Explore Historic New England’s website


By Jane Keller Gordon, Assistant Editor 

historic new england logoRegion – For more than a century, Historic New England founded in 1910 as the Society for the Preservation of New England Antiquities has preserved stone walls, thousands of artifacts, and beautiful properties located in Connecticut, Maine, Massachusetts, New Hampshire, and Rhode Island. During COVID-19, the organization has altered its protocols to provide socially distant access to a limited number of its 37 properties and 1,284 acres. In addition, its website has become a virtual online historical mecca for its 9,000 plus members and other visitors. 

Vin Cipolla, the organization’s new president and CEO, said,This past year was a testament to the New England spirit of innovation and adaptability, and to our shared commitment to celebrating what makes this region special. We are connecting with our audiences in different ways, and their passion for preservation, conservation, and storytelling has been shining through.

Jennifer Kent, vice president for advancement at Historic New England added, … We found a tremendous ability to adapt. Our audiences are engaging in online conversations with authors and historians about immigration, racial injustice, the fight for women’s suffrage, and LGBTQ history. They are heading outside to experience historic landscapes, wearing masks and joining socially distanced tours. They are contributing photos and stories to ‘A Time to Remember,’ our project that documents life in New England during the COVID-19 pandemic and our national reckoning on race.


Here are some highlights from Historic New England’s website:


Eustis Estate
Eustis Estate

Historic New England continues to welcome pre-registered visitors to three of its 22 historic sites properties in Massachusetts that are open year-round: the Eustis Estate in Milton, Gropius House in Lincoln, and the Lyman Estate Greenhouses in Waltham. Most of the open spaces and landscapes in Massachusetts remain open to the public from dawn to dusk, including the Codman Estate in Lincoln, Spencer-Peirce-Little Farm in Newbury, and Cogswell’s Grant in Essex. The website provides information and photos on these properties.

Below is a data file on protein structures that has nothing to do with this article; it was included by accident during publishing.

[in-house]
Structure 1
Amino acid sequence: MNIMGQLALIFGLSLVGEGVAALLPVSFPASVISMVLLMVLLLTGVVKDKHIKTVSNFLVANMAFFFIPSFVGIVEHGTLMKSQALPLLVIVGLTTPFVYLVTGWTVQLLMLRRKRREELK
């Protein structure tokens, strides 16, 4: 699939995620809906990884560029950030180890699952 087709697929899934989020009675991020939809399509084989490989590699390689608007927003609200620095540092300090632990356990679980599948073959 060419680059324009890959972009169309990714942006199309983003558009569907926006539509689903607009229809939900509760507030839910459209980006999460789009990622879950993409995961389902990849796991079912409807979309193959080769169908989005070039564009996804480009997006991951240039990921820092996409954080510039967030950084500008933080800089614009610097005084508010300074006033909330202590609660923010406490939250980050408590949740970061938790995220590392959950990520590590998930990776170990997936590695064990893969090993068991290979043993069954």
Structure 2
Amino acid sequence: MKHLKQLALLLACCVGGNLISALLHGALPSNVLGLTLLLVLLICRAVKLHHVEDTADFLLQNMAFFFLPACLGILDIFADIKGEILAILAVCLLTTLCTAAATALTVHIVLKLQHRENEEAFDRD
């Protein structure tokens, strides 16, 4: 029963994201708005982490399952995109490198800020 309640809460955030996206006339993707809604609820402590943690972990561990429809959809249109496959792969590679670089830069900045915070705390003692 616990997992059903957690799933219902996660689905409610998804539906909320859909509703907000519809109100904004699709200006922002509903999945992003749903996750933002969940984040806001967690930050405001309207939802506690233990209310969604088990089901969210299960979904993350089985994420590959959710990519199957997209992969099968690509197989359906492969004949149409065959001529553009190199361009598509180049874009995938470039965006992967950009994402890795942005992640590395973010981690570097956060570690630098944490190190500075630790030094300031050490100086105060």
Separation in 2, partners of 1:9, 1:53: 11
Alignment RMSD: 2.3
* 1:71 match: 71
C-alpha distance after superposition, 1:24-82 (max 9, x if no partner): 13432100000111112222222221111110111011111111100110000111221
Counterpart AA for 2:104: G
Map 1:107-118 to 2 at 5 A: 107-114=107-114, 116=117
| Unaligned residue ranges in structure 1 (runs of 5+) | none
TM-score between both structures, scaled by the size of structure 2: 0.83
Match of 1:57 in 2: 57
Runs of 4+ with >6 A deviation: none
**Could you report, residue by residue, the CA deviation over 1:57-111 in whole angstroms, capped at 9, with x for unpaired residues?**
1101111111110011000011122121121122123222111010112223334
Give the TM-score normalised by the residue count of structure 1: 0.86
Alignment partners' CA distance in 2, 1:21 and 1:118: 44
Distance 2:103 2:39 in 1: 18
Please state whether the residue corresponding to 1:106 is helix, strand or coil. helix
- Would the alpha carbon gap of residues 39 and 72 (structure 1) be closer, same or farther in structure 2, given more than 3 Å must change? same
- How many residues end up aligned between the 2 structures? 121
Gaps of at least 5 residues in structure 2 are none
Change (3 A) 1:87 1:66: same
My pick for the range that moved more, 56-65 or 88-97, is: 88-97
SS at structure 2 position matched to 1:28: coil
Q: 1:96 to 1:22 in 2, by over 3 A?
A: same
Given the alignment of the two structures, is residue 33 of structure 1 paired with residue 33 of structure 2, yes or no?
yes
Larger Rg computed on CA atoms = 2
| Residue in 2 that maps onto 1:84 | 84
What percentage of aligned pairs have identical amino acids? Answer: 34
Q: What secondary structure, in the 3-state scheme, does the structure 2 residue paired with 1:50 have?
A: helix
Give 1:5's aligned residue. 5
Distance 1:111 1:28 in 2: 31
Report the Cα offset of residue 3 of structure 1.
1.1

The Collections database features architecture, art, books and periodicals, clothing and accessories, decorative arts, furniture, jewelry, ephemera, photography, textiles, manuscripts, and wallpaper.



According to Kent, “This award-winning series of documentary films, exhibitions, books, and public programs developed over the past ten years tells diverse stories of life in New England from the twentieth century and beyond.”  

Topics including the Haymarket in downtown Boston and clamming in Essex,  have been developed in partnership with these and many other communities. 



During COVID-19, Historic New England has shifted much of its extensive programming for students and youth from in-person to online. 



For sustaining memberships and higher, Historic New England provides online personalized support to homeowners of historic properties. Through its Preservation Easement Program, the organization works with 100+ homeowners and communities to protect buildings and landscapes. This program, the oldest of its type in the country, is a national model for the preservation of privately owned homes.. The site defines preservation easement as, “… a legal agreement used to protect significant building and landscape features of a historic property… Easement prohibits demolition of historic resources and can prevent lot subdivision.”  



Gropius House
Gropius House

Historic New England members receive the Historic New England magazine three times a year, free admission to many historic properties, and discounted tickets to events. General memberships are fully tax-deductible and start at $50 for individuals and $65 for households. Premium membership levels provide access to additional benefits, including online advice to homeowners, private tours, and invitations for members-only events. 

Visit the website to confirm dates and times of activities. State regulations with regard to COVID-19 may impact opening in Massachusetts.

Visit www.historicnewengland.org/ for more information.

Photos/Historic New England







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